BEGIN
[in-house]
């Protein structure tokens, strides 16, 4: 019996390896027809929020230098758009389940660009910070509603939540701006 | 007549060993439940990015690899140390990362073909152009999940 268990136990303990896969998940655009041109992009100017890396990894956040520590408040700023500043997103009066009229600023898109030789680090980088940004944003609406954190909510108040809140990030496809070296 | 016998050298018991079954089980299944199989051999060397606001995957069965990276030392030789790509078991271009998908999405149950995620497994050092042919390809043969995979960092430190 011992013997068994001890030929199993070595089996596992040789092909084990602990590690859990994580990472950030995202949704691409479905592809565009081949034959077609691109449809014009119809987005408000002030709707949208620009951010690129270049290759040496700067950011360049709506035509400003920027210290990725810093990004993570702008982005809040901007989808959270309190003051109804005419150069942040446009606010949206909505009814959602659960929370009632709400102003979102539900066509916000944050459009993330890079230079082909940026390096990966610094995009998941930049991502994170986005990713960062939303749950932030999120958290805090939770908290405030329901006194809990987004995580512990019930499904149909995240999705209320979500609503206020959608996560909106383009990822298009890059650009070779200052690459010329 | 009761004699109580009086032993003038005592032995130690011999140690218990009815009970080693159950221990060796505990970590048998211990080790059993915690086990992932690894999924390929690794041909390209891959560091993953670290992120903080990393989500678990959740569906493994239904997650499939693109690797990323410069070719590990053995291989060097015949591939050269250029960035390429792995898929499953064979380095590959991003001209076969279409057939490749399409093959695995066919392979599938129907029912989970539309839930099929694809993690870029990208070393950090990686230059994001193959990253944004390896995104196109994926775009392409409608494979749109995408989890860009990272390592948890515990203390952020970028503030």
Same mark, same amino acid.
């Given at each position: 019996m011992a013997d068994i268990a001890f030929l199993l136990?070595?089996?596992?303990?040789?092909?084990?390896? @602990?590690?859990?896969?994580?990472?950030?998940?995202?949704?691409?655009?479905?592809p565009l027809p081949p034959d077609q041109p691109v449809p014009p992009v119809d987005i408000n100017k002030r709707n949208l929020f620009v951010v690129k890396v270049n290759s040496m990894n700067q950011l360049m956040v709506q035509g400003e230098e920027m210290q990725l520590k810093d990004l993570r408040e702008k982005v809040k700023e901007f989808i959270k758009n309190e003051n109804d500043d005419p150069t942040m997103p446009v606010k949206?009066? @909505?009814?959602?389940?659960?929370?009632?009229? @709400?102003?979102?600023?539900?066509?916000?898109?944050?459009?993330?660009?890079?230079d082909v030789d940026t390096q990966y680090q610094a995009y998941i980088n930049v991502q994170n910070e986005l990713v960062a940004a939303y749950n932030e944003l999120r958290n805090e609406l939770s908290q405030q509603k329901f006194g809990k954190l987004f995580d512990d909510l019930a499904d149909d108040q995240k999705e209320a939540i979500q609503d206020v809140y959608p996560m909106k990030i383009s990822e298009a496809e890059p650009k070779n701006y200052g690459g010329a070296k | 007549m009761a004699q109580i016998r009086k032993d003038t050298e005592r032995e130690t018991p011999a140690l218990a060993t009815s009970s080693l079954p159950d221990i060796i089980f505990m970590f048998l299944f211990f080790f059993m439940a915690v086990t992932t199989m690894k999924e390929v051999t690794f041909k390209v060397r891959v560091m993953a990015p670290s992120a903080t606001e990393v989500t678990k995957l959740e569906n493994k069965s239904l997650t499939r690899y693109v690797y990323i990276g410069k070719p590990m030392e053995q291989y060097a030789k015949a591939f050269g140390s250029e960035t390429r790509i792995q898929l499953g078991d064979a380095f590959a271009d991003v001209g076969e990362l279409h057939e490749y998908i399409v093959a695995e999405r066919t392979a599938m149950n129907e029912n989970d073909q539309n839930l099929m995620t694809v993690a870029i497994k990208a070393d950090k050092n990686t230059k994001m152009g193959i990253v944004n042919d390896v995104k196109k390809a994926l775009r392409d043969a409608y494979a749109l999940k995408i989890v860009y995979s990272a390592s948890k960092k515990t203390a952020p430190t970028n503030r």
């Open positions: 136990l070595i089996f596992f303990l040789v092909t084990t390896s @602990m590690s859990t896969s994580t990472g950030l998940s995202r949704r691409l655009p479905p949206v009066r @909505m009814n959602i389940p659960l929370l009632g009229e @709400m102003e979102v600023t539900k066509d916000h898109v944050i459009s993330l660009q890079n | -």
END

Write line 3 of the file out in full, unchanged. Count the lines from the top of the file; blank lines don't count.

Same mark, same amino acid.